Does Acceptance Make Me Too Passive or a Stronger Individual? 

October 20, 2018
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Acceptance is the decision to work with some specific reality (e.g., “I need to monitor my food intake so I won’t gain weight easily anymore”) or situation (e.g., “The place has been a mess. I must share household responsibilities with my parents/spouse so that meals will be served on time, the house will be cleaner, etc.) or to participate in a required or requested activity. In everyday language, acceptance is about “dealing with what is” and not about striving or pining for some other situation to the point that anyone is undermined by a lack of acceptance, or by a failure to take decisive, productive action.

In today’s politically charged atmosphere of slandering public and private figures in order to undermine their agendas or efforts, a lack of acceptance can lead to chaotic, painful situations. People have been harmed financially or physically, for having opinions different from people who refuse to accept those beliefs.

The argument that acceptance is a passive choice lacks merit. Mental health is not about permitting abuse instead of escaping or ending it, nor about choosing to overindulge in some activity rather than mastering self-control. It’s not about caving in to your compulsions and/or negative moods rather than overcoming them, either. Those activities are called “self-sabotage” and they lead to endless negative consequences plus deteriorating mental health.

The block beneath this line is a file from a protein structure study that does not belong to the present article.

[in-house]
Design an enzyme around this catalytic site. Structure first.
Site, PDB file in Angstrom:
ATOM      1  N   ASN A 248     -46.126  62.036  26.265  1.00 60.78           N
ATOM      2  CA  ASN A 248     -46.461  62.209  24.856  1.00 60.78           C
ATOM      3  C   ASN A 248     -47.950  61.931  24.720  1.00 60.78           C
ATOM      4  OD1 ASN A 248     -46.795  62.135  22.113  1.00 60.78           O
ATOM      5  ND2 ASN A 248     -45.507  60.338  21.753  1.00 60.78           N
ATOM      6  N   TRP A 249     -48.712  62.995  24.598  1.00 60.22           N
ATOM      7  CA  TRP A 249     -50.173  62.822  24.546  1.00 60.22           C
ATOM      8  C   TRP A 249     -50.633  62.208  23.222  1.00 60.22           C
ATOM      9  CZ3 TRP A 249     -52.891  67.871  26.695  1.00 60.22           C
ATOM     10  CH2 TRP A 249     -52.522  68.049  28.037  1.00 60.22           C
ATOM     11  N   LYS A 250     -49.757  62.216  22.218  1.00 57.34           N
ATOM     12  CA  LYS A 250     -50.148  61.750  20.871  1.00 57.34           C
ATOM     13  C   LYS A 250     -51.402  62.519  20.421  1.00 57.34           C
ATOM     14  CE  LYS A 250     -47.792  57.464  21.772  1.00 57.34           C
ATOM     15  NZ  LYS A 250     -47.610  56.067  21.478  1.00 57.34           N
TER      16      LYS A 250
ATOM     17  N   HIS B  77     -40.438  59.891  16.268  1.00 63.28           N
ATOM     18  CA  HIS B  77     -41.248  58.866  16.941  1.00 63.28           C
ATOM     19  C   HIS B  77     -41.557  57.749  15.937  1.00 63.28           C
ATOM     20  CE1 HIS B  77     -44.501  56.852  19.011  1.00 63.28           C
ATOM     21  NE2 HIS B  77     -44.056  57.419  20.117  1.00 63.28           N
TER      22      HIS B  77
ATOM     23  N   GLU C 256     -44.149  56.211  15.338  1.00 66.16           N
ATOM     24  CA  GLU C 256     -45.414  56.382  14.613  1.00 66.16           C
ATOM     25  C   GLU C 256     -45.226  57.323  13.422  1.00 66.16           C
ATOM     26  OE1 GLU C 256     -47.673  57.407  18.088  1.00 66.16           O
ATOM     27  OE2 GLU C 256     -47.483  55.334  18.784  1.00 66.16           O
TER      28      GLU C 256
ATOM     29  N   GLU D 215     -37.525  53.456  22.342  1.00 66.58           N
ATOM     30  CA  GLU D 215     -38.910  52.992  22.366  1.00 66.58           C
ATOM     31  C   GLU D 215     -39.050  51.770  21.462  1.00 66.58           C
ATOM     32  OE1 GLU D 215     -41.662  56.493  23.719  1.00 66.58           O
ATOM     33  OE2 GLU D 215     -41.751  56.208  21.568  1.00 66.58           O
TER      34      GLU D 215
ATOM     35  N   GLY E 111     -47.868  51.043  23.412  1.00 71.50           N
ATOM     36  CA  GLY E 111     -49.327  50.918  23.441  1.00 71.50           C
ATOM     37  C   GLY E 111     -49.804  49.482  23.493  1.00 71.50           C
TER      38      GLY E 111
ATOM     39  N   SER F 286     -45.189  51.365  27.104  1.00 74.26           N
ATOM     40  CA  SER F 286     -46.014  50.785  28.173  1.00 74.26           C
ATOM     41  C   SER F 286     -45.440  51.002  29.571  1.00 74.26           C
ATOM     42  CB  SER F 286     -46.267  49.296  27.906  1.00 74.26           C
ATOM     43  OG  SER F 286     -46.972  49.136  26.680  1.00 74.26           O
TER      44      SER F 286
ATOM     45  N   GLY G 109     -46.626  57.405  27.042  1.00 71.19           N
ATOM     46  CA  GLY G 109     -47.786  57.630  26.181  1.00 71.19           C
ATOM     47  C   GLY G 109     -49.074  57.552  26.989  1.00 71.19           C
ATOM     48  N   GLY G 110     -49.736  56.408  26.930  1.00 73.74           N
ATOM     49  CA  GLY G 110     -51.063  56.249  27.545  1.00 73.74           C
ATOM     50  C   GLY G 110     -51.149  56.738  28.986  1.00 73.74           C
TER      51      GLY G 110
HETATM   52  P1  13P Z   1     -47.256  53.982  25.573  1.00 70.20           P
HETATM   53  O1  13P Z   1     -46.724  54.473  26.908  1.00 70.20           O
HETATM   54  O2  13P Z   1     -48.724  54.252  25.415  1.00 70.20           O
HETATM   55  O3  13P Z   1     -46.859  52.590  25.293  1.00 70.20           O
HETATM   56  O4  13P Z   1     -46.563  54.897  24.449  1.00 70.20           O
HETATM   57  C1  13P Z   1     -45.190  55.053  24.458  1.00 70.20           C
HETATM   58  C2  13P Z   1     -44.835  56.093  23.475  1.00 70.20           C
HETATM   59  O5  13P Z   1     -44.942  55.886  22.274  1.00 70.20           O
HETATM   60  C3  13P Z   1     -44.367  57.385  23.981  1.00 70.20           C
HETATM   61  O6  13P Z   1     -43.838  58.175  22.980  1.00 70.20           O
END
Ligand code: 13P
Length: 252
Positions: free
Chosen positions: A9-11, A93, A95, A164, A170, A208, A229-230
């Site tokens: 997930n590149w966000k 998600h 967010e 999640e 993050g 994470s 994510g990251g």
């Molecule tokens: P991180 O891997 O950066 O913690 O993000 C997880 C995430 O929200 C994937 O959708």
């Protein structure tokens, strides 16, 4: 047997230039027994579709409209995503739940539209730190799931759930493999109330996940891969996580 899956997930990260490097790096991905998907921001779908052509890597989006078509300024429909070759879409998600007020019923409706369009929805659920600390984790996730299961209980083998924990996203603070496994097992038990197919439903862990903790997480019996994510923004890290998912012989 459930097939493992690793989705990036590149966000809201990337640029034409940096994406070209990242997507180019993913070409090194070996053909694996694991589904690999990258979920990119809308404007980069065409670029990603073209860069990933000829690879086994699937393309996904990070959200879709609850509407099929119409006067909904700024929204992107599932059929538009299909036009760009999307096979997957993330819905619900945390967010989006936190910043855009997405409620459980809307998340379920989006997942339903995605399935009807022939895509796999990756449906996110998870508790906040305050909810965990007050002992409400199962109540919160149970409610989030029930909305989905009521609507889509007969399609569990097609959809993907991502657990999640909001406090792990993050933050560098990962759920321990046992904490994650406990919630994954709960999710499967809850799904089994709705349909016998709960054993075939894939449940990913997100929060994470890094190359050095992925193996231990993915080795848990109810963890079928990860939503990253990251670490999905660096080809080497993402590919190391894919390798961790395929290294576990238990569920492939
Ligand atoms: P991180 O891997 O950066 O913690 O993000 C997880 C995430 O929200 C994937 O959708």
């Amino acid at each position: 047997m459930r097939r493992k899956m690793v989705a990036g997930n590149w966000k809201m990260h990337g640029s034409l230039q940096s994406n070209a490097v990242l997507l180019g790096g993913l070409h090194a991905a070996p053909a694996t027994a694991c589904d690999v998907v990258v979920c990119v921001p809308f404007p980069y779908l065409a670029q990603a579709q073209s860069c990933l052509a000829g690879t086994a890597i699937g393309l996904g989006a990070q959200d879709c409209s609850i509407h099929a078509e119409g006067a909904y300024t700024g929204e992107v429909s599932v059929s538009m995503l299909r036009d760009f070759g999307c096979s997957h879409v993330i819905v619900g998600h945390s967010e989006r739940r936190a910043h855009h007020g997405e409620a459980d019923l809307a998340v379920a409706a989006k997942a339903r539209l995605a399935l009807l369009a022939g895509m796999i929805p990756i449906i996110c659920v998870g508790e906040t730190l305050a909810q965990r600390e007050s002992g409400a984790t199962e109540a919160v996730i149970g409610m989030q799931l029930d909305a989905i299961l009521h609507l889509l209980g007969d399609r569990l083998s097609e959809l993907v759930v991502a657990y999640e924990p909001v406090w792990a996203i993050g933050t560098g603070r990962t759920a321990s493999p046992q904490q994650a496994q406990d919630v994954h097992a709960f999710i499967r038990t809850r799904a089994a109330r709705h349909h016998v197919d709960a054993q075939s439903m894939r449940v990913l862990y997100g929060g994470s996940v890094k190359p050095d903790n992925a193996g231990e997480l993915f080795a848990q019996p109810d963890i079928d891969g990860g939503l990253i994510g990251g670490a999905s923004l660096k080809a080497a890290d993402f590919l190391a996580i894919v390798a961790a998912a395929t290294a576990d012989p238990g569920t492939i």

Addiction therapy such as Alcoholics, Narcotics and Overeaters Anonymous is based on an attitude of acceptance. Mental health therapy is predicated on acceptance, too. The reason for that is simple: Lack of acceptance precludes progress, as in admitting to and dealing with the ways that people sabotage their chances for self-improvement and other forms of success.

Passive people not only do nothing to prevent other people from harming them, they harm themselves due to the lack of self-protective choices and actions. They tend to deny specific realities, to their own detriment and that of other people. Perhaps the reason that some people confuse acceptance with “wimpiness” is because they don’t understand some of these finer differences between them.

One of the current trends in mental health today is to own a gratitude journal. People are coaxed to record moments of happiness, incidents of success at some endeavor, coincidences that worked out in their favor, and other phenomena that left them happy or happier than they were. That is the essence of acceptance: Acknowledging gratitude and appreciation. It is a pro-active choice, the exact opposite of passivity. Strong-willed people accept reality, deal with it, and enjoy the sense of pride that comes with acceptance. As time goes on, they marvel at their increasing insights, resilience and achievements.

Yocheved Golani is a popular writer whose byline has appeared worldwide in print and online. A certified Health Information Management professional, she is a member of Get Help Israel. Certified in Spiritual Chaplaincy (End of Life issues) and in counseling skills, her life coaching for ill people puts a healthy perspective into a clients’ success plan for achieving desired goals.